Unanswered questions swirled last night around the longest trading disruption at the Singapore Exchange (SGX).
Trading was halted just before noon yesterday and the bourse stayed shut for the rest of the day.
At press time, it was unclear if the SGX would reopen this morning.
Yesterday's downtime of five hours 20 minutes - and counting - was the first major disruption since two outages that outraged investors in late 2014.
It raised fresh worries over the resilience of SGX trading systems.
Trading in the securities market was halted at 11.38am, the bourse said in a statement. Derivatives trading was not affected.
The halt was to reconcile "duplicate trade confirmation messages" and trading would resume at 2pm, the SGX said later, adding that "no duplicate trades were executed and the market remained orderly".
But the SGX pushed back the time of resumption to 4pm, before saying at 4.01pm that the market would not reopen yesterday. The SGX gave no information on what caused the glitch. The disruption was far longer than the one on Dec 3, 2014, when the market opening was pushed back to 12.30pm due to a software glitch.
The Monetary Authority of Singapore (MAS) said it was monitoring the situation closely.
Frustration and disappointment gripped the trading floor, as remisiers took calls from anxious clients.
"I have had at least eight clients contacting me since 11.30am... I wouldn't be surprised if many people lost money," said remisier Soh Wee Boon.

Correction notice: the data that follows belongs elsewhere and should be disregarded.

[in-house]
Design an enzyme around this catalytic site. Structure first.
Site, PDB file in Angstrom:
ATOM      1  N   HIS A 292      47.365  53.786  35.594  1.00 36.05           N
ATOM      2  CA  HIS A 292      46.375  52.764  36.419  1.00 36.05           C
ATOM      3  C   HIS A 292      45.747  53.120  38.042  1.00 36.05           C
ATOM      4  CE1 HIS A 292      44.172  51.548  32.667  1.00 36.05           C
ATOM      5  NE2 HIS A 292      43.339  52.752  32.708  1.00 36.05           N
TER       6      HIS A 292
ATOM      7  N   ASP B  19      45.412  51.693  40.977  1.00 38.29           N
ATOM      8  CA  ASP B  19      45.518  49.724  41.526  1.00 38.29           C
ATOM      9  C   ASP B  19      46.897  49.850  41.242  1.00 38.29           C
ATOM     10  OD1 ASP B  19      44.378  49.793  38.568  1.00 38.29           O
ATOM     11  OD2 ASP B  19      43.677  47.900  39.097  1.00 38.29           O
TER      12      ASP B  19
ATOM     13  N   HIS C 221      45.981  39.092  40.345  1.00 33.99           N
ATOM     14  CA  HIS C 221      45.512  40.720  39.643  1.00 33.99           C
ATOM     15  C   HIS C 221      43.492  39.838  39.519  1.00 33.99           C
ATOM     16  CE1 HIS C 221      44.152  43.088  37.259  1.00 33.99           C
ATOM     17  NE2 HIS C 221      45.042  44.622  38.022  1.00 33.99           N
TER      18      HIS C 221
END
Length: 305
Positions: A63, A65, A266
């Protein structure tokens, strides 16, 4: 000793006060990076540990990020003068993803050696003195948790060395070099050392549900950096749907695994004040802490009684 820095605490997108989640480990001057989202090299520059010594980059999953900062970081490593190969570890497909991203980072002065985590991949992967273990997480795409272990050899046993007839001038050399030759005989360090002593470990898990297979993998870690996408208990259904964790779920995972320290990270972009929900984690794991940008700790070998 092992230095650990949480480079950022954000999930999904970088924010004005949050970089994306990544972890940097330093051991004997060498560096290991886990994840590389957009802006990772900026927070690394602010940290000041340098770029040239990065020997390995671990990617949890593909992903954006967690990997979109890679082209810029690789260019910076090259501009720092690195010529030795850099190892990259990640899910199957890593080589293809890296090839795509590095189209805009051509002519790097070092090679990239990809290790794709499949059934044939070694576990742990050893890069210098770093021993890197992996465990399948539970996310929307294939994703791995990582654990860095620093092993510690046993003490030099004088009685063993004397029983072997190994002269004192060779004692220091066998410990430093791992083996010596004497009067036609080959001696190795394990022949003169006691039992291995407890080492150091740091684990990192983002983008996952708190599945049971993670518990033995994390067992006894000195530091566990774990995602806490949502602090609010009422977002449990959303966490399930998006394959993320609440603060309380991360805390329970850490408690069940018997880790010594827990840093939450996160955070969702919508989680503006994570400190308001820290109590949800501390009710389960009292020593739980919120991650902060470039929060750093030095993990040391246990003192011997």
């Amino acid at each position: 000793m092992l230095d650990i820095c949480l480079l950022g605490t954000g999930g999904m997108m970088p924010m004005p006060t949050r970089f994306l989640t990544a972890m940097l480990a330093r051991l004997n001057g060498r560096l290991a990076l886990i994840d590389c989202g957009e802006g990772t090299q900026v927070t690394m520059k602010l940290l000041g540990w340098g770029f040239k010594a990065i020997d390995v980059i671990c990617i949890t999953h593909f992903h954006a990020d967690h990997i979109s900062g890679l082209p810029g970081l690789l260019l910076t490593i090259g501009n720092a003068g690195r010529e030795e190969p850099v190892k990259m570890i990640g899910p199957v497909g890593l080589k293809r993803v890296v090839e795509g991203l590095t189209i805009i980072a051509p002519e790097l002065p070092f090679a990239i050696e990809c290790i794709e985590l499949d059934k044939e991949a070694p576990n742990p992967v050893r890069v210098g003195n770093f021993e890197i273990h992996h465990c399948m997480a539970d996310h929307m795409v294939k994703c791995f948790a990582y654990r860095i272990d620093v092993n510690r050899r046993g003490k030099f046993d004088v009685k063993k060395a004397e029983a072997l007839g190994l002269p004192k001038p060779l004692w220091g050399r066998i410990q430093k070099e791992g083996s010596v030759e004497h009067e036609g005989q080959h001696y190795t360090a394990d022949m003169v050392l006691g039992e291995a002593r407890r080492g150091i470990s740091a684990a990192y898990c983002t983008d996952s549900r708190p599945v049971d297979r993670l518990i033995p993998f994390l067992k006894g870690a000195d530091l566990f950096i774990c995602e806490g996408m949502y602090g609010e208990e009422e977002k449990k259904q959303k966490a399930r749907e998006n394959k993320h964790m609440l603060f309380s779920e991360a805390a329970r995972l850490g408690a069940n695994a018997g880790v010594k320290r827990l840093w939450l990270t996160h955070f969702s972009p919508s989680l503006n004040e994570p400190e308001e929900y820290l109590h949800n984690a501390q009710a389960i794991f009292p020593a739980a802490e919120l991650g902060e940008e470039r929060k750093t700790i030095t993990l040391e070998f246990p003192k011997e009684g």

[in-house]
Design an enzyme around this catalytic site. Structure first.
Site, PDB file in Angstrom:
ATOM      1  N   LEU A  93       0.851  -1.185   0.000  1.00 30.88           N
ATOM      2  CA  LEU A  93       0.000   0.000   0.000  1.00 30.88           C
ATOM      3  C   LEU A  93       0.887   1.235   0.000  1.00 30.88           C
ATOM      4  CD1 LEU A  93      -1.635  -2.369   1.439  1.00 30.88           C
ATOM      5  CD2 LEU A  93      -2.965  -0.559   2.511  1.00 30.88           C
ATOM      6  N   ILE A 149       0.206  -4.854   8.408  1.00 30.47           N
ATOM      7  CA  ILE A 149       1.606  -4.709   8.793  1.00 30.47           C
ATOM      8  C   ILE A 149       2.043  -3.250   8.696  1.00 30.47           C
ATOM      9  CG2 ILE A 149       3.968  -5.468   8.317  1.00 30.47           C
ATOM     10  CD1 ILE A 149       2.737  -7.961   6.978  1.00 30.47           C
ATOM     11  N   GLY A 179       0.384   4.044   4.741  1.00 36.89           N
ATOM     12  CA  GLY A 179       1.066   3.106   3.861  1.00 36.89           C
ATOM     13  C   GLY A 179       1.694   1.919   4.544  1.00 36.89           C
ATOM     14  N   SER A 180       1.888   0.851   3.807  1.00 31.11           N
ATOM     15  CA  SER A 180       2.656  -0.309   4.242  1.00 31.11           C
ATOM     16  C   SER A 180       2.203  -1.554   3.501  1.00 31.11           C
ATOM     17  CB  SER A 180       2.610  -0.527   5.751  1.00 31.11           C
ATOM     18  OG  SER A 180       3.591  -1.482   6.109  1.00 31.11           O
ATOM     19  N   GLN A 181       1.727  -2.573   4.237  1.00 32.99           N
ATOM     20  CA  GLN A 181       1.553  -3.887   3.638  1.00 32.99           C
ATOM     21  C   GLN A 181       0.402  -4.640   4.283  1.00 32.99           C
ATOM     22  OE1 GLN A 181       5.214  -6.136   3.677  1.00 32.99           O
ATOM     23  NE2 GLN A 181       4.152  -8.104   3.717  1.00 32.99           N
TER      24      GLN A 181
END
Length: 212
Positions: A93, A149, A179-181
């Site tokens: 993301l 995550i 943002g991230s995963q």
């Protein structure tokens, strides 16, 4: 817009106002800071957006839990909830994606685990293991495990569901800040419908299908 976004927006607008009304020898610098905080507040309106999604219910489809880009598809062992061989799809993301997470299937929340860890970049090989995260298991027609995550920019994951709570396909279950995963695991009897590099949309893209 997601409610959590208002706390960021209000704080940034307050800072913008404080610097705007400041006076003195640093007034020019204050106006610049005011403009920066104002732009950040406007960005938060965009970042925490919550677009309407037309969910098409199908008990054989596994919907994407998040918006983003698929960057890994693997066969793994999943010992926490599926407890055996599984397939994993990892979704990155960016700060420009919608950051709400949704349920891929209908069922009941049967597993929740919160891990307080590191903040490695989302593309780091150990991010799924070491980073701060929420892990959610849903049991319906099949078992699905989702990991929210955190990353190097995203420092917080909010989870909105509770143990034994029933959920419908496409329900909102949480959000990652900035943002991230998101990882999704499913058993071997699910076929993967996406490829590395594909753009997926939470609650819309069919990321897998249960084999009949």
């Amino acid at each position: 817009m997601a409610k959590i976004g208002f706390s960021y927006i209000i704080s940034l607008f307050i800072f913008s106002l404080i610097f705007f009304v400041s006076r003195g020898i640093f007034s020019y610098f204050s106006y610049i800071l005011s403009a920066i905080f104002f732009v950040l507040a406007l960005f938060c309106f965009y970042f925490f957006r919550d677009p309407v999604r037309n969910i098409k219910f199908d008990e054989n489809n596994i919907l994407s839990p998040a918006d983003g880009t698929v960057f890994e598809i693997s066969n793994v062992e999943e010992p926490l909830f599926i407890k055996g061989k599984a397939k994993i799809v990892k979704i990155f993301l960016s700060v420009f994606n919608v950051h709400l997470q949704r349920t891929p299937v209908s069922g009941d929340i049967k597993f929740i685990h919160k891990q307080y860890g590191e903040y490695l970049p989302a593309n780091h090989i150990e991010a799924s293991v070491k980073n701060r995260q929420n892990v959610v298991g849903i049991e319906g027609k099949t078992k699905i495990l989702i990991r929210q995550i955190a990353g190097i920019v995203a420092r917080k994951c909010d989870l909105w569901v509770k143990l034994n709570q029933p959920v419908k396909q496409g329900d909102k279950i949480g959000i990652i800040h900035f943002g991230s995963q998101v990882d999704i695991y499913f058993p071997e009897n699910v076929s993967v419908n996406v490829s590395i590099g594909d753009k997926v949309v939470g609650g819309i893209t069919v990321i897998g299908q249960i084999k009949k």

Before the disruption, the Straits Times Index had pared 0.13 per cent to 2,906.92 points.
"I had quite a few clients who had open short positions initiated in the morning when the market was down, and of course they couldn't close them and they may lose money. The SGX should at least resume trading for, say, 15 minutes for people to get out," said a broker, requesting anonymity.
Society of Remisiers president Jimmy Ho said: "This is unacceptable. After all the money they spent on tech, I don't know why there isn't any contingency plan or at least the ability to recover the systems quickly."
The SGX said in June last year that it would invest $20 million to boost tech infrastructure.
The MAS reprimanded the SGX for the 2014 incidents and put a moratorium on bourse fee hikes.
The incidents marred the tenure of then chief executive Magnus Bocker. Mr Loh Boon Chye, who took up the post exactly one year ago on July 14, had not faced major technical issues until yesterday.
Securities Investors Association Singapore chief executive David Gerald said: "As I understand, duplicate trades are not problems unique to SGX... The trading halt is necessary in the interest of investors and to allow brokers to reconcile the positions."
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